Affirmative action case sent back by US Supreme Court
The US Supreme Court has sent a landmark case on the use of a student's race as a factor in public university admissions back to a lower court.
The affirmative action case was brought by a white student denied a place at the University of Texas in 2008.
Abigail Fisher said the college policy of considering her race violated her civil and constitutional rights.
The ruling appears to leave unresolved many arguments on the use of race as a criterion in college admissions.
The justices voted 7-1 on the case, saying that an appeals court had failed to scrutinise the university's admissions policy thoroughly enough when considering whether it guaranteed equal protection to all applicants.
Monday's ruling said: "The reviewing court must ultimately be satisfied that no workable race-neutral alternatives would produce the educational benefits of diversity."
The Supreme Court's decision overturns an earlier ruling from the 5th Circuit Court of Appeals in New Orleans, which upheld the University of Texas admissions policy.
Of the nine justices, Ruth Bader Ginsburg was the only dissenting voice on the panel, saying there was no need for further review of the case.
Justice Clarence Thomas, the only African-American justice, said in his opinion he would have quashed a ruling a decade ago that upheld the use of affirmative action in admissions.
The court has become more conservative since the 2003 decision, which involved the University of Michigan.
Justice Elena Kagan did not hear the University of Texas case, presumably because she had some prior involvement with it in her previous role as solicitor general for the Obama administration.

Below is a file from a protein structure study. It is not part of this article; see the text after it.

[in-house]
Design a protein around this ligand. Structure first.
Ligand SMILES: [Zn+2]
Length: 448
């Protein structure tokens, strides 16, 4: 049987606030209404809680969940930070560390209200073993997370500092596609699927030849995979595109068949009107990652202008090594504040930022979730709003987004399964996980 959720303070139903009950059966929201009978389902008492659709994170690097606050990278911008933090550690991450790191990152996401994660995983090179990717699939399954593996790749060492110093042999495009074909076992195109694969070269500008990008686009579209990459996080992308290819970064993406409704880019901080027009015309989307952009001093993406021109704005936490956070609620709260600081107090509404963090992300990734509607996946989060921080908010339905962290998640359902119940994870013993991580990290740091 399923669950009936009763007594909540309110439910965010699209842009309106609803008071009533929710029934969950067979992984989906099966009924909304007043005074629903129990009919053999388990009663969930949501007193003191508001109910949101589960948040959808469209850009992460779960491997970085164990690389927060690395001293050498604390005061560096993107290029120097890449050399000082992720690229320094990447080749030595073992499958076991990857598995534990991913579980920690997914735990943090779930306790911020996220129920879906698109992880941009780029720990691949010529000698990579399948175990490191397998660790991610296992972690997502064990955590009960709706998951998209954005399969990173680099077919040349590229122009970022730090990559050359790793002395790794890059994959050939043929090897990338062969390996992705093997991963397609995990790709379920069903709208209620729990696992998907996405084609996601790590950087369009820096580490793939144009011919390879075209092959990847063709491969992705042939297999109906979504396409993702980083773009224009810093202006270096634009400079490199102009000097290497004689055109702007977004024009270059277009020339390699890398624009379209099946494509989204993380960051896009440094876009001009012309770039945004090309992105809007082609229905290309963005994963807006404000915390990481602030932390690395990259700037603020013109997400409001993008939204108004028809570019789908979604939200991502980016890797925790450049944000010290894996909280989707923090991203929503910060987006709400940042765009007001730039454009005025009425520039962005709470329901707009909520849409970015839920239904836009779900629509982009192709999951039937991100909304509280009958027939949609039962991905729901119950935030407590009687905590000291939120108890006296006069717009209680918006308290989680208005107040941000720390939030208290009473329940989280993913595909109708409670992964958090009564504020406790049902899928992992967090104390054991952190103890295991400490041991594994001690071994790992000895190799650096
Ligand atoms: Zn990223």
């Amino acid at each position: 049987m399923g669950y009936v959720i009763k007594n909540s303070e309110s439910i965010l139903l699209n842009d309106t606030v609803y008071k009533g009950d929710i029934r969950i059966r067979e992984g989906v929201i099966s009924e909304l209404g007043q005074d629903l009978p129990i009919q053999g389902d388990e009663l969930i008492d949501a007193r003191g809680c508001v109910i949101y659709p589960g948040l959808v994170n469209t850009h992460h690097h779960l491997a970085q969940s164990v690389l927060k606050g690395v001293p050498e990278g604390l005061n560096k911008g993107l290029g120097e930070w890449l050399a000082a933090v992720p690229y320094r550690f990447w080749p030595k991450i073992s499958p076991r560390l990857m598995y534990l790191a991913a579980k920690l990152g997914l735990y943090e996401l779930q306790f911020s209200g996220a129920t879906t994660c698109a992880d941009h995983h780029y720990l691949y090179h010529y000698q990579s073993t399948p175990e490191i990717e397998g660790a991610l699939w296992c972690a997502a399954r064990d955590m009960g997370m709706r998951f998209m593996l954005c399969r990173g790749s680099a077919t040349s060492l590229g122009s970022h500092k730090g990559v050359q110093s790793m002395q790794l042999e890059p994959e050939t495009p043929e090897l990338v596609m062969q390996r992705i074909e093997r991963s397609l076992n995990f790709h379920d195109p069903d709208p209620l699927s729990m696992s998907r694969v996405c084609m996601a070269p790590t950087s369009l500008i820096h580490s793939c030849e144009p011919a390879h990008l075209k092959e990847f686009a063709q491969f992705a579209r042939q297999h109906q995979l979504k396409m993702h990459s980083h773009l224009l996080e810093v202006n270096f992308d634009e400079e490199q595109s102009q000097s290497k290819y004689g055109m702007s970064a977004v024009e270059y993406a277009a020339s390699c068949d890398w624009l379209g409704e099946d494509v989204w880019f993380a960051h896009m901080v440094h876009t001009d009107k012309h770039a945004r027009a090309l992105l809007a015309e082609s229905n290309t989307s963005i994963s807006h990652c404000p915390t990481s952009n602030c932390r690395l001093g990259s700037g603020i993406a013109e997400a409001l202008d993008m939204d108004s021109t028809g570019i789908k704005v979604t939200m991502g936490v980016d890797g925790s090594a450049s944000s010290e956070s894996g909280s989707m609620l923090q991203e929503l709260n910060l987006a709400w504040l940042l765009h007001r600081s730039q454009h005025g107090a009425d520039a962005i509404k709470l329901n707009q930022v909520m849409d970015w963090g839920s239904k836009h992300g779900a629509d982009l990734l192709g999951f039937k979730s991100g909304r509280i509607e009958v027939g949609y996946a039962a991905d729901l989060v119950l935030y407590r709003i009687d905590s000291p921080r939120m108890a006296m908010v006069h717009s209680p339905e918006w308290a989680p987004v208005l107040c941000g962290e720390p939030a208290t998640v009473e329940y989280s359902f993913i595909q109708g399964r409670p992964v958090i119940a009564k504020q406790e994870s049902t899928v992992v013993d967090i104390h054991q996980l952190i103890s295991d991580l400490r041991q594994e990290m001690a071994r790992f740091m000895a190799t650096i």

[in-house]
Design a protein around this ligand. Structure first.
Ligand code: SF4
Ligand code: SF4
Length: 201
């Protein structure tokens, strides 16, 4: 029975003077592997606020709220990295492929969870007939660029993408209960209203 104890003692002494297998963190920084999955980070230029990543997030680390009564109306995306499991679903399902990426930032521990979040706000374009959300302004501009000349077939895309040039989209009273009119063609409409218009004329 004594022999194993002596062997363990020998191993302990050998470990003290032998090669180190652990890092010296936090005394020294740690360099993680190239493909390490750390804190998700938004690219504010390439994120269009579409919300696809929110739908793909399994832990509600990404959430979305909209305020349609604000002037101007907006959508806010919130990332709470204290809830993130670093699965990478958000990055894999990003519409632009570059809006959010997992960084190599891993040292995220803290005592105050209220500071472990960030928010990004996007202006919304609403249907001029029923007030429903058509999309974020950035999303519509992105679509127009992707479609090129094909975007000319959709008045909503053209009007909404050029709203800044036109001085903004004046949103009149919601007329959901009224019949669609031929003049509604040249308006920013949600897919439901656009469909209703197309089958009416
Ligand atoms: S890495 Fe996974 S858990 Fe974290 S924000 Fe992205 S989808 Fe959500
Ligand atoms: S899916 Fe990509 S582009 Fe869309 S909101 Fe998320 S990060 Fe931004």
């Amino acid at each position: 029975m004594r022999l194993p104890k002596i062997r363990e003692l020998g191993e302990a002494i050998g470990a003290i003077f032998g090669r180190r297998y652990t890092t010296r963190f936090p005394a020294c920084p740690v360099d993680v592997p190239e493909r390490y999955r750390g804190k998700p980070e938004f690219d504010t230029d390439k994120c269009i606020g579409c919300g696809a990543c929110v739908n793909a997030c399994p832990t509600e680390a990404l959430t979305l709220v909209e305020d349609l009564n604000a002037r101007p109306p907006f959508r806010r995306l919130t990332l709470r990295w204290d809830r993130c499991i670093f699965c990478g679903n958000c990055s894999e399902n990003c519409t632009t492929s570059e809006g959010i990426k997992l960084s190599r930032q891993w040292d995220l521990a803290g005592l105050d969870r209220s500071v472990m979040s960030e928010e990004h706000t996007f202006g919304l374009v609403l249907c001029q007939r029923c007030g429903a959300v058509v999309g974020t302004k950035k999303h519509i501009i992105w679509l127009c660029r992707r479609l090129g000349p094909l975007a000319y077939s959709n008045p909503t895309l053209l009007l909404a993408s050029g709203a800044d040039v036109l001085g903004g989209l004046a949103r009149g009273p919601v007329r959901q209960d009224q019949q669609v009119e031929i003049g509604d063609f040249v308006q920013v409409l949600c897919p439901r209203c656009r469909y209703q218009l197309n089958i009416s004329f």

Ms Fisher, who has since graduated from Louisiana State University, filed the lawsuit after she was rejected from the University of Texas in 2008.
Students in Texas high schools are automatically admitted to the University of Texas if their academic results place them in the top tier of their class.
Ms Fisher's grades did not put her in that category.
The Texas university uses race and other factors when admitting about a quarter of the annual student intake.
When the Supreme Court heard arguments in Ms Fisher's case, elite private universities such as Harvard and Columbia filed briefings saying that without a legal basis to consider race in admissions it would be impossible for them to guarantee diversity on campus.
Affirmative action, which is known in the UK as positive discrimination, was introduced in the US in the 1960s.
But in the 1970s the Supreme Court heard cases arguing that the measure amounted to "reverse racism" and could disadvantage white Americans.
Affirmative action's proponents say the playing field relating to college admissions remains uneven, despite the gains of the civil rights era.
Many conservatives argue that the policy gives preferential treatment to people from ethnic minorities, in an America which prizes pulling oneself up by the bootstraps.
However, when the public university system in California decided to drop affirmative action in the 1990s, there was a steep decline in the number of minority students admitted to those colleges.